2. Part 81 of the CPR deals with applications and proceedings in relation to contempt of court. If a court order is to be enforced by the contempt power, CPR 81.5 requires that it be served personally on the respondent before the end of the time fixed for compliance unless the court dispenses with service under CPR 81.8. CPR 81.8(1)(b) and 81.8(2) allow the court to dispense with service if satisfied respectively that the person has had notice of the order or if the court thinks it just to do so. The courts have taken the view that where a party knows, and persistently fails to respond, it is just to dispense with personal service. Otherwise there would be an encouragement to persistent offenders to use a technicality to defeat the purpose of the order: see White Book, paragraph 81.8.2; Alridge on Contempt, paragraphs 12-37 to 12-44.
  3. In this case I am satisfied that Mr Hua, as the person in charge of Huaya Shipping, was notified of the terms of the disclosure orders by email and courier, thereby satisfying CPR81.8(1)(b). He seemed to have acknowledged that in his conversation with the brokers, Clarksons, when he said that he was told by lawyers that so long as he kept away from the UK there was nothing that could touch him. Of course Mr Hua has made no attempt to comply with the disclosure orders. In light of this my conclusion is also that CPR81.8(2) is satisfied because it is just that personal service of the disclosure orders on Mr Hua be dispensed with.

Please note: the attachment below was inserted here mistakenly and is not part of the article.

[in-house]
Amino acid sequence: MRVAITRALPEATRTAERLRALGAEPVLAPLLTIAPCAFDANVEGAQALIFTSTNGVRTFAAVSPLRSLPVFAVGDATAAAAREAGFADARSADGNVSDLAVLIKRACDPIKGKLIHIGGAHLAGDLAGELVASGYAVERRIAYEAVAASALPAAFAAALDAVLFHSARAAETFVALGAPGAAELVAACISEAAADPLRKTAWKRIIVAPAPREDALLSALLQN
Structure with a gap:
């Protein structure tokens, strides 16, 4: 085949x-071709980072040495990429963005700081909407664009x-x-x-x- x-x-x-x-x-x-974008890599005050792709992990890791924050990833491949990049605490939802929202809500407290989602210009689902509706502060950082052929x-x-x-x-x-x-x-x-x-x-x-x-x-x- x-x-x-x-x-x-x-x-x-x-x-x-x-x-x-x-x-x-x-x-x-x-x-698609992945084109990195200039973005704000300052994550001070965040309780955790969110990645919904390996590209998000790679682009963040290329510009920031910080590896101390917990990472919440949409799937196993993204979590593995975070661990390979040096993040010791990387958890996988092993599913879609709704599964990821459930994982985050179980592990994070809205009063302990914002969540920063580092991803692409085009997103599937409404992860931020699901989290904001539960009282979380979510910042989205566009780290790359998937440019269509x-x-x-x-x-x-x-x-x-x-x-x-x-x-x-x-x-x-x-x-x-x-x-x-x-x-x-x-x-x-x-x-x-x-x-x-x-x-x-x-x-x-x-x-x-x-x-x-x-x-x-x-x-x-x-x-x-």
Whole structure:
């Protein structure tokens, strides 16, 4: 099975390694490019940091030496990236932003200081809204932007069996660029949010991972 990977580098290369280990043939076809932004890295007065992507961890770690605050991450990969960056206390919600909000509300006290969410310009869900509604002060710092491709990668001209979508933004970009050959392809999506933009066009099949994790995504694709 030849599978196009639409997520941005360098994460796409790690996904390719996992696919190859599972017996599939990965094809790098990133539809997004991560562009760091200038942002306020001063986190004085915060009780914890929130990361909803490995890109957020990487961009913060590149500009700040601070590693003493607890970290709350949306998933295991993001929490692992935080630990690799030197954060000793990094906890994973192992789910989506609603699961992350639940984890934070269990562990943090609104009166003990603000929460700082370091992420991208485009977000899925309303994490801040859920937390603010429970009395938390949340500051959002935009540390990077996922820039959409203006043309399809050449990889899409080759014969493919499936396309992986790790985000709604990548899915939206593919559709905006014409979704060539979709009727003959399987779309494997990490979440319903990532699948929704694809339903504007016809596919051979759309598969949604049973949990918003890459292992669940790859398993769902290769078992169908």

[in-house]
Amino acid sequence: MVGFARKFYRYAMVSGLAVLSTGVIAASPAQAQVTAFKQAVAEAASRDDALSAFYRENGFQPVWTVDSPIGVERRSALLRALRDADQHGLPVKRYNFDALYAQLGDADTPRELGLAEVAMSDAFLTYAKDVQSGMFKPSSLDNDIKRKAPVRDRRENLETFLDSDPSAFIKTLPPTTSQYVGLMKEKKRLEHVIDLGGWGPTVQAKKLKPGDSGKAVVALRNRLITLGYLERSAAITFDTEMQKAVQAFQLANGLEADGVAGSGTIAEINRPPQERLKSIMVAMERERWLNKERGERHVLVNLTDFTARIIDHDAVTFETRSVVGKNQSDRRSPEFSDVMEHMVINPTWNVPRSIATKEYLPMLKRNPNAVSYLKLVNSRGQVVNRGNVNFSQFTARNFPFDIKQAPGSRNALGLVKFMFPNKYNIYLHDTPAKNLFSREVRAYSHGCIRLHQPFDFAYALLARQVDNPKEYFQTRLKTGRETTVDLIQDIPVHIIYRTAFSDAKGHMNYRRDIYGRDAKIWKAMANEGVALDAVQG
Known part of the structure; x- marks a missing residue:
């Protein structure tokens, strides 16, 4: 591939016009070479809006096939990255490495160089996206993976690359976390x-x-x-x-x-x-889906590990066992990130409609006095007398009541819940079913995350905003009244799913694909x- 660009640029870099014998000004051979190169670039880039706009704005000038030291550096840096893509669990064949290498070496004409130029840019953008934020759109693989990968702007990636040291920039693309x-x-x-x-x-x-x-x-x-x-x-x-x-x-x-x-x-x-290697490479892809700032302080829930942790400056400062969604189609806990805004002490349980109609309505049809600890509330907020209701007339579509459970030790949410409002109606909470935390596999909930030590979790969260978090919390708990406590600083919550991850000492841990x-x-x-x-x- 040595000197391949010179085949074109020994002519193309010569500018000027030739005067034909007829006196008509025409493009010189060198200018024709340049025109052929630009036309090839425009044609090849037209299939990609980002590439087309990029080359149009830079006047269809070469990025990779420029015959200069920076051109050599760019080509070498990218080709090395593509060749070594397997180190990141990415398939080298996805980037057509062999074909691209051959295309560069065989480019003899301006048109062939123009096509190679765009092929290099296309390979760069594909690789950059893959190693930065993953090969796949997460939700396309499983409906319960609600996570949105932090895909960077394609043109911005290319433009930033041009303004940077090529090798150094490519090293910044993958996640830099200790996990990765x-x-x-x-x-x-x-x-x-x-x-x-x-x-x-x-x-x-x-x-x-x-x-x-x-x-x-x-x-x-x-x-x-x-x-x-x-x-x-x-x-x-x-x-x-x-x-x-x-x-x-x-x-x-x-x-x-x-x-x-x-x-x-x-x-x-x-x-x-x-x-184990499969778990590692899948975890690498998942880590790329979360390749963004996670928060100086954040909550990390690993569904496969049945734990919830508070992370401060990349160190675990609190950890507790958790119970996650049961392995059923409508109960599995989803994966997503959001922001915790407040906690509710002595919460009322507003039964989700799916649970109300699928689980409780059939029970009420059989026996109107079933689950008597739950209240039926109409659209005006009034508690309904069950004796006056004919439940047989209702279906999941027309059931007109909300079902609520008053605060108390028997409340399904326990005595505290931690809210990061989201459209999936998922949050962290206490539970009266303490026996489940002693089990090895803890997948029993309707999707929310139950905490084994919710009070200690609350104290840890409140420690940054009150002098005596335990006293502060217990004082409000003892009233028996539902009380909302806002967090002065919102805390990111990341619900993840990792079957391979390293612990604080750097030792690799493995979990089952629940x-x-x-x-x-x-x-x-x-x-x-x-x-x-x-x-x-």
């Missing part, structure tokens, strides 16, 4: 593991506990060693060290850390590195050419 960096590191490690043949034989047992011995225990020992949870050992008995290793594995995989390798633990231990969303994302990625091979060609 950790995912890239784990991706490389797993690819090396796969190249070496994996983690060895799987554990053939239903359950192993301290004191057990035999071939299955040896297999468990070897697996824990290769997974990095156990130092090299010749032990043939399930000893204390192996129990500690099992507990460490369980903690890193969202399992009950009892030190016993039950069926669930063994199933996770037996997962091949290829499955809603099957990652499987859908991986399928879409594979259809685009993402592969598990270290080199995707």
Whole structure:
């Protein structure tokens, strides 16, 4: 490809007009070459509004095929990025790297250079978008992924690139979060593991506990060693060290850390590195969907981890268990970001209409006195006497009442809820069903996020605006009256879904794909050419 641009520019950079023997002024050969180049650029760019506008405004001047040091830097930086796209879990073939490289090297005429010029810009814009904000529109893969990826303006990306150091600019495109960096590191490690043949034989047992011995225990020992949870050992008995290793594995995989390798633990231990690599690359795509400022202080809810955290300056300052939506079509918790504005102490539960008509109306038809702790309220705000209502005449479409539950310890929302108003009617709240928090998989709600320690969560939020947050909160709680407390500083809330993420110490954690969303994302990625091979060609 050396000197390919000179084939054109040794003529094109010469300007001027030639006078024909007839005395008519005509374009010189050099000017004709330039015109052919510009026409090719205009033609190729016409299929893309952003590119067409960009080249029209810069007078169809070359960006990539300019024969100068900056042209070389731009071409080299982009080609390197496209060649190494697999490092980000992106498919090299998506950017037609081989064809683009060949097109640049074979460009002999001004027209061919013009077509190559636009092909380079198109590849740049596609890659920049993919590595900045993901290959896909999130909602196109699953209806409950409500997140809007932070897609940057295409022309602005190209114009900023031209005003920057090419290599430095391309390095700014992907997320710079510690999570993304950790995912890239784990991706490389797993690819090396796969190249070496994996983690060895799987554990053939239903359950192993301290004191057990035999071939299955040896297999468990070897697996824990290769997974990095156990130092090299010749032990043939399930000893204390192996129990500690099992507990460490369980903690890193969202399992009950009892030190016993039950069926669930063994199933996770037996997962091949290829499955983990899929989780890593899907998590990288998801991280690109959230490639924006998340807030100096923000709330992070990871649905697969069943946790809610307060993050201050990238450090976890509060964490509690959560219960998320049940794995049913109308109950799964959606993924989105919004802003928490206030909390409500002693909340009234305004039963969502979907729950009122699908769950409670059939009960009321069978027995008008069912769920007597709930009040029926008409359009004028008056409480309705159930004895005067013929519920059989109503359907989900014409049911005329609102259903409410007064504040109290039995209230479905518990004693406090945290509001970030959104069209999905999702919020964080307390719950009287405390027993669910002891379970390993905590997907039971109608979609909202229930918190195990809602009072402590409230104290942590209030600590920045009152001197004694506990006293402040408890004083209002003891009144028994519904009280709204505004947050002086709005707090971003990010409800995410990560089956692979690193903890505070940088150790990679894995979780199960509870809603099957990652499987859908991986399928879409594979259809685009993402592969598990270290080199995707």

Absence of the respondents
    1. The respondents did not attend either hearing before me and it was necessary to consider whether to proceed in their absence. Applying the checklist of factors set out by Cobb J in Sanchez v. Oboz [2015] EWHC 235 (Admin), and by Flaux J in Navig8 Chemical Pools Inc v. Nu Tek (HK) Pvt Ltd, Sharma, Karthikeyan [2016] EWHC 1790 (Comm), I had no difficulty in concluding that the case could be heard in the respondents’ absence. As I have said both had been served with the relevant documents, including the notice of the hearing, and they had sufficient notice to enable them to prepare for the hearing. By reference to the nature and circumstances of their behaviour it was clear that they had waived their rights to be present, taking the view that the court’s orders could have no effect in Qingdao.